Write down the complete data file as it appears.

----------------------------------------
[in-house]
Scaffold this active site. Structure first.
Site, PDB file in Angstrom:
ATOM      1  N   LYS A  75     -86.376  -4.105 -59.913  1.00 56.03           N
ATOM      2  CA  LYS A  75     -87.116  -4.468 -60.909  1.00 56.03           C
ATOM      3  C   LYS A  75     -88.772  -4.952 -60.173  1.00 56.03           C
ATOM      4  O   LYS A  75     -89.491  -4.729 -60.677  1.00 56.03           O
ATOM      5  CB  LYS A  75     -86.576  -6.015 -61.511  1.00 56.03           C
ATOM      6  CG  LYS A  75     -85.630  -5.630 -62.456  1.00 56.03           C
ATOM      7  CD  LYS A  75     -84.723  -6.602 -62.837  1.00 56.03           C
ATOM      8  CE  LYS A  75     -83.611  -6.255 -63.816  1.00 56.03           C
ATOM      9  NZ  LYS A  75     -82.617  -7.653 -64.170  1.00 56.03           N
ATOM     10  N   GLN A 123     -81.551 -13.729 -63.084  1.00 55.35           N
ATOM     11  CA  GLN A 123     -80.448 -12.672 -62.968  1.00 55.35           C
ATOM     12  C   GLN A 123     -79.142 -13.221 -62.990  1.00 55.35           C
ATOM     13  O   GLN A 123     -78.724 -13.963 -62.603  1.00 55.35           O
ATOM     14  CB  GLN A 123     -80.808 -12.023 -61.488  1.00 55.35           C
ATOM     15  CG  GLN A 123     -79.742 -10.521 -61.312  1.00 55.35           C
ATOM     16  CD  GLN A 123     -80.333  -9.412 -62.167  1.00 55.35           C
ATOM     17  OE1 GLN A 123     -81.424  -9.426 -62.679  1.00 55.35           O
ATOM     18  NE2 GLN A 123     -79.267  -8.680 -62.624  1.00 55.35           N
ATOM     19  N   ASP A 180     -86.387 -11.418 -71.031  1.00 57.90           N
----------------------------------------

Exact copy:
[in-house]
Scaffold this active site. Structure first.
Site, PDB file in Angstrom:
ATOM      1  N   LYS A  75     -86.376  -4.105 -59.913  1.00 56.03           N
ATOM      2  CA  LYS A  75     -87.116  -4.468 -60.909  1.00 56.03           C
ATOM      3  C   LYS A  75     -88.772  -4.952 -60.173  1.00 56.03           C
ATOM      4  O   LYS A  75     -89.491  -4.729 -60.677  1.00 56.03           O
ATOM      5  CB  LYS A  75     -86.576  -6.015 -61.511  1.00 56.03           C
ATOM      6  CG  LYS A  75     -85.630  -5.630 -62.456  1.00 56.03           C
ATOM      7  CD  LYS A  75     -84.723  -6.602 -62.837  1.00 56.03           C
ATOM      8  CE  LYS A  75     -83.611  -6.255 -63.816  1.00 56.03           C
ATOM      9  NZ  LYS A  75     -82.617  -7.653 -64.170  1.00 56.03           N
ATOM     10  N   GLN A 123     -81.551 -13.729 -63.084  1.00 55.35           N
ATOM     11  CA  GLN A 123     -80.448 -12.672 -62.968  1.00 55.35           C
ATOM     12  C   GLN A 123     -79.142 -13.221 -62.990  1.00 55.35           C
ATOM     13  O   GLN A 123     -78.724 -13.963 -62.603  1.00 55.35           O
ATOM     14  CB  GLN A 123     -80.808 -12.023 -61.488  1.00 55.35           C
ATOM     15  CG  GLN A 123     -79.742 -10.521 -61.312  1.00 55.35           C
ATOM     16  CD  GLN A 123     -80.333  -9.412 -62.167  1.00 55.35           C
ATOM     17  OE1 GLN A 123     -81.424  -9.426 -62.679  1.00 55.35           O
ATOM     18  NE2 GLN A 123     -79.267  -8.680 -62.624  1.00 55.35           N
ATOM     19  N   ASP A 180     -86.387 -11.418 -71.031  1.00 57.90           N